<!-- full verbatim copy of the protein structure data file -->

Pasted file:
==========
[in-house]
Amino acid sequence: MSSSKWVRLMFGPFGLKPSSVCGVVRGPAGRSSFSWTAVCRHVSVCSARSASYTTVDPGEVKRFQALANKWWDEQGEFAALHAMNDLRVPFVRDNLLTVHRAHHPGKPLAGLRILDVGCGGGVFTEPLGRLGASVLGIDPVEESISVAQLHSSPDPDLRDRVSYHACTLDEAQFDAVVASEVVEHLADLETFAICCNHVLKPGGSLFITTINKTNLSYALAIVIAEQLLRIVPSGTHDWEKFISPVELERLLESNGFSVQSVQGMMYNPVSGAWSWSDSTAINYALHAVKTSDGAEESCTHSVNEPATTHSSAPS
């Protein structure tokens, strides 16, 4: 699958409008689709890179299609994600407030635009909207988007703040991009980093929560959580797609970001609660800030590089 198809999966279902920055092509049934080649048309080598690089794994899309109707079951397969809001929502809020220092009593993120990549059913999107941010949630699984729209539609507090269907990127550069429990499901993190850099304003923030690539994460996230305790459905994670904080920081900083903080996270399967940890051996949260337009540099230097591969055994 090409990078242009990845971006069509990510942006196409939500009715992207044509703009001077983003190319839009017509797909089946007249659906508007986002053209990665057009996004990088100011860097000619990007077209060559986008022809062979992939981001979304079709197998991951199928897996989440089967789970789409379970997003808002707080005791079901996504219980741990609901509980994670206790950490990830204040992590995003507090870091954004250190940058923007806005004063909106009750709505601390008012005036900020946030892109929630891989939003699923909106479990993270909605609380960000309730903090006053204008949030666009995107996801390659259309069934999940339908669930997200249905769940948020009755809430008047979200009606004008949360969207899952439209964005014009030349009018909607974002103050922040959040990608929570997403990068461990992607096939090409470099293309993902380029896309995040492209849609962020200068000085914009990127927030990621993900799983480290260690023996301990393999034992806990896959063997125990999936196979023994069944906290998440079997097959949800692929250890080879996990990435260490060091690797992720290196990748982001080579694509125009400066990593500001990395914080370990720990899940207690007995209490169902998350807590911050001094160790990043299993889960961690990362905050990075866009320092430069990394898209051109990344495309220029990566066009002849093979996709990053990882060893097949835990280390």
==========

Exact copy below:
[in-house]
Amino acid sequence: MSSSKWVRLMFGPFGLKPSSVCGVVRGPAGRSSFSWTAVCRHVSVCSARSASYTTVDPGEVKRFQALANKWWDEQGEFAALHAMNDLRVPFVRDNLLTVHRAHHPGKPLAGLRILDVGCGGGVFTEPLGRLGASVLGIDPVEESISVAQLHSSPDPDLRDRVSYHACTLDEAQFDAVVASEVVEHLADLETFAICCNHVLKPGGSLFITTINKTNLSYALAIVIAEQLLRIVPSGTHDWEKFISPVELERLLESNGFSVQSVQGMMYNPVSGAWSWSDSTAINYALHAVKTSDGAEESCTHSVNEPATTHSSAPS
């Protein structure tokens, strides 16, 4: 699958409008689709890179299609994600407030635009909207988007703040991009980093929560959580797609970001609660800030590089 198809999966279902920055092509049934080649048309080598690089794994899309109707079951397969809001929502809020220092009593993120990549059913999107941010949630699984729209539609507090269907990127550069429990499901993190850099304003923030690539994460996230305790459905994670904080920081900083903080996270399967940890051996949260337009540099230097591969055994 090409990078242009990845971006069509990510942006196409939500009715992207044509703009001077983003190319839009017509797909089946007249659906508007986002053209990665057009996004990088100011860097000619990007077209060559986008022809062979992939981001979304079709197998991951199928897996989440089967789970789409379970997003808002707080005791079901996504219980741990609901509980994670206790950490990830204040992590995003507090870091954004250190940058923007806005004063909106009750709505601390008012005036900020946030892109929630891989939003699923909106479990993270909605609380960000309730903090006053204008949030666009995107996801390659259309069934999940339908669930997200249905769940948020009755809430008047979200009606004008949360969207899952439209964005014009030349009018909607974002103050922040959040990608929570997403990068461990992607096939090409470099293309993902380029896309995040492209849609962020200068000085914009990127927030990621993900799983480290260690023996301990393999034992806990896959063997125990999936196979023994069944906290998440079997097959949800692929250890080879996990990435260490060091690797992720290196990748982001080579694509125009400066990593500001990395914080370990720990899940207690007995209490169902998350807590911050001094160790990043299993889960961690990362905050990075866009320092430069990394898209051109990344495309220029990566066009002849093979996709990053990882060893097949835990280390």